Tajalli, F., & Zarnaghash, M. (2017). Effect of family communication patterns on internet addiction. Practice in Clinical Psychology, 5(3), 159–166. https://doi.org/10.18869/acadpub.jpcp.5.3.159

Tajrishi, K. Z., Besharat, M. A., Pourbohlool, S., & Larijani, R. (2011). Psychometric properties of a Farsi version of the Basic Needs Satisfaction in General Scale in a sample of Iranian population. Procedia - Social and Behavioral Sciences, 30, 221–225. https://doi.org/10.1016/j.sbspro.2011.10.044

Tian, L., Zhang, X., & Huebner, E. S. (2018). The effects of satisfaction of basic psychological needs at school on children’s prosocial behavior and antisocial behavior: The mediating role of school satisfaction. Frontiers in Psychology, 9, Article 548. https://doi.org/10.3389/fpsyg.2018.00548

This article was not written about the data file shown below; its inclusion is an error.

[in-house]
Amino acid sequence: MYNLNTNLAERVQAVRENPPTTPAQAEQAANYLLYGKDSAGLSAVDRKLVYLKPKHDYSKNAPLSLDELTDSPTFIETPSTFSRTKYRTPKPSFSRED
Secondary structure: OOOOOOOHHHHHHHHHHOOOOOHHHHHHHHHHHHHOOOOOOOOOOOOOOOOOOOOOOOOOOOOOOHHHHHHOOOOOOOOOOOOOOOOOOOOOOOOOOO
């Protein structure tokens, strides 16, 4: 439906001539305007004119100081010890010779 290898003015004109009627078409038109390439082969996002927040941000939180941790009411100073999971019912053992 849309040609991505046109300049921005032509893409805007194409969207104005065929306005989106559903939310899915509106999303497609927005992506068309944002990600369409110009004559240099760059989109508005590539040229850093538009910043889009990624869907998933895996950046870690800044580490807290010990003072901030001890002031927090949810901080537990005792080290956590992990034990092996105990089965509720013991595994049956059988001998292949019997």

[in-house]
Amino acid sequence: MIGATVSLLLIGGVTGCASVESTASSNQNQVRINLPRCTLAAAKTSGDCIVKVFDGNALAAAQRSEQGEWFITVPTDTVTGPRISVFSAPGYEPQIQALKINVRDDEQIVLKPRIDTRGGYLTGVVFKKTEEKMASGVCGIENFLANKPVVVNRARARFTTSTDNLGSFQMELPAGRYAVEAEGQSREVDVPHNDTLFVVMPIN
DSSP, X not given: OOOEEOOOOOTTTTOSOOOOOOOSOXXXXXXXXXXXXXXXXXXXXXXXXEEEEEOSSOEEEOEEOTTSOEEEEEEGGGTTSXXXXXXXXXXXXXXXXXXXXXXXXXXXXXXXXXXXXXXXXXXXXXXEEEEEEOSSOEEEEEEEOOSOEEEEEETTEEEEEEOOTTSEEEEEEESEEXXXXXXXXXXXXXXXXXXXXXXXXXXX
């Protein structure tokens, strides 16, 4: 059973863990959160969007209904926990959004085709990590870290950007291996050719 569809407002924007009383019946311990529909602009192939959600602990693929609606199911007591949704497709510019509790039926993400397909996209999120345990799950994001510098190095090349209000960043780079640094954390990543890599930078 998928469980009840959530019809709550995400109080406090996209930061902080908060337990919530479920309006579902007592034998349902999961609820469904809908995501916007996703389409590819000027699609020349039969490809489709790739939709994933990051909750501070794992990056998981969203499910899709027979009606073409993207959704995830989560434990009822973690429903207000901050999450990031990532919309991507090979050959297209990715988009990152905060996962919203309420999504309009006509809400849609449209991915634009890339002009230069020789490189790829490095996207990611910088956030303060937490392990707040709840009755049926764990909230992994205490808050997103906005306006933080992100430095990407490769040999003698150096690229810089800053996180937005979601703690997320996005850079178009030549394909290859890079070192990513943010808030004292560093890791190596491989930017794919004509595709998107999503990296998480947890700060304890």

Vansteenkiste, M., & Ryan, R. M. (2013). On psychological growth and vulnerability: Basic psychological need satisfaction and need frustration as a unifying principle. Journal of Psychotherapy Integration, 23(3), Article 263. https://doi.org/10.1037/a0032359

Weiser, E. B. (2000). Gender differences in internet use patterns and internet application preferences: A two-sample comparison. Cyberpsychology and Behavior, 3(2), 167–178. https://doi.org/10.1089/109493100316012

Wong, T. Y., Yuen, K. S. L., & Li, W. O. (2015). A basic need theory approach to problematic internet use and the mediating effect of psychological distress. Frontiers in Psychology, 5, Article 1562. https://doi.org/10.3389/fpsyg.2014.01562

Wu, C. S. T., Wong, H. T., Yu, K. F., Fok, K. W., Yeung, S. M., Lam, C. H., & Liu, K. M. (2016). Parenting approaches, family functionality, and internet addiction among Hong Kong adolescents. BMC Pediatrics, 16(1), Article 130. https://doi.org/10.1186/s12887-016-0666-y

Yen, J.-Y., Yen, C.-F., Chen, C.-C., Chen, S.-H., & Ko, C.-H. (2007). Family factors of internet addiction and substance use experience in Taiwanese adolescents. Cyberpsychology & Behavior, 10(3), 323–329. http://doi.org/10.1089/cpb.2006.9948